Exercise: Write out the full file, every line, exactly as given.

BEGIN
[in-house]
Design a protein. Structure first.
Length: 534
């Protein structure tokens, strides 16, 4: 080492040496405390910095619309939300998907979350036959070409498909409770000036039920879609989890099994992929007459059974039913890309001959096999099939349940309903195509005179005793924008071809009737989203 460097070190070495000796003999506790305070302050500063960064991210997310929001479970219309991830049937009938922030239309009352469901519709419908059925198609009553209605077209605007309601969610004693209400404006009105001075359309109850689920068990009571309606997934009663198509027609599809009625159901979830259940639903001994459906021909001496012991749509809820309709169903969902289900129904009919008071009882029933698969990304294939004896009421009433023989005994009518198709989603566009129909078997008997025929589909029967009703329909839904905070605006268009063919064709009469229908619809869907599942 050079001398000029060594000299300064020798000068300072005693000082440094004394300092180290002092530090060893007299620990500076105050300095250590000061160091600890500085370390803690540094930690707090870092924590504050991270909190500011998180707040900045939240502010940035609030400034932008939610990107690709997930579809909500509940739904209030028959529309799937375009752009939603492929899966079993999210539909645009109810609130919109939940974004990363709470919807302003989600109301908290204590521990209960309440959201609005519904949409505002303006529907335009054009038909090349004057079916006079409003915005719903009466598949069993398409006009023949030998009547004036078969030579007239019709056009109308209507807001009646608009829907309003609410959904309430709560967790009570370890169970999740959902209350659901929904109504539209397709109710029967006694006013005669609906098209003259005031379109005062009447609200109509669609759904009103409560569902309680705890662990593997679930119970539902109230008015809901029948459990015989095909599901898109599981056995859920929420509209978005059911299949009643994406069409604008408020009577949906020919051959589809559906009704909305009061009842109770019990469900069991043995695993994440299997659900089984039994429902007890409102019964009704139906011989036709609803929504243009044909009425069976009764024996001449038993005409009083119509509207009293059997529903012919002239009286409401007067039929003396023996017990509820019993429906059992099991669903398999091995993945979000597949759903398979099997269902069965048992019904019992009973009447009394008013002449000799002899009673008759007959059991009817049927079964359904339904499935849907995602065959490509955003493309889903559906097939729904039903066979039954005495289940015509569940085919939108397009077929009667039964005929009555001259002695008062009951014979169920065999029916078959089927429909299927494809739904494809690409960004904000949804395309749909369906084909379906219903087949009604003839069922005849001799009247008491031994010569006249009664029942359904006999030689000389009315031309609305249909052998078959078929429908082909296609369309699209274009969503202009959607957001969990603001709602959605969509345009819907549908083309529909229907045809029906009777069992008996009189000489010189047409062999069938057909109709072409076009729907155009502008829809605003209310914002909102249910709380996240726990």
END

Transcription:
[in-house]
Design a protein. Structure first.
Length: 534
């Protein structure tokens, strides 16, 4: 080492040496405390910095619309939300998907979350036959070409498909409770000036039920879609989890099994992929007459059974039913890309001959096999099939349940309903195509005179005793924008071809009737989203 460097070190070495000796003999506790305070302050500063960064991210997310929001479970219309991830049937009938922030239309009352469901519709419908059925198609009553209605077209605007309601969610004693209400404006009105001075359309109850689920068990009571309606997934009663198509027609599809009625159901979830259940639903001994459906021909001496012991749509809820309709169903969902289900129904009919008071009882029933698969990304294939004896009421009433023989005994009518198709989603566009129909078997008997025929589909029967009703329909839904905070605006268009063919064709009469229908619809869907599942 050079001398000029060594000299300064020798000068300072005693000082440094004394300092180290002092530090060893007299620990500076105050300095250590000061160091600890500085370390803690540094930690707090870092924590504050991270909190500011998180707040900045939240502010940035609030400034932008939610990107690709997930579809909500509940739904209030028959529309799937375009752009939603492929899966079993999210539909645009109810609130919109939940974004990363709470919807302003989600109301908290204590521990209960309440959201609005519904949409505002303006529907335009054009038909090349004057079916006079409003915005719903009466598949069993398409006009023949030998009547004036078969030579007239019709056009109308209507807001009646608009829907309003609410959904309430709560967790009570370890169970999740959902209350659901929904109504539209397709109710029967006694006013005669609906098209003259005031379109005062009447609200109509669609759904009103409560569902309680705890662990593997679930119970539902109230008015809901029948459990015989095909599901898109599981056995859920929420509209978005059911299949009643994406069409604008408020009577949906020919051959589809559906009704909305009061009842109770019990469900069991043995695993994440299997659900089984039994429902007890409102019964009704139906011989036709609803929504243009044909009425069976009764024996001449038993005409009083119509509207009293059997529903012919002239009286409401007067039929003396023996017990509820019993429906059992099991669903398999091995993945979000597949759903398979099997269902069965048992019904019992009973009447009394008013002449000799002899009673008759007959059991009817049927079964359904339904499935849907995602065959490509955003493309889903559906097939729904039903066979039954005495289940015509569940085919939108397009077929009667039964005929009555001259002695008062009951014979169920065999029916078959089927429909299927494809739904494809690409960004904000949804395309749909369906084909379906219903087949009604003839069922005849001799009247008491031994010569006249009664029942359904006999030689000389009315031309609305249909052998078959078929429908082909296609369309699209274009969503202009959607957001969990603001709602959605969509345009819907549908083309529909229907045809029906009777069992008996009189000489010189047409062999069938057909109709072409076009729907155009502008829809605003209310914002909102249910709380996240726990």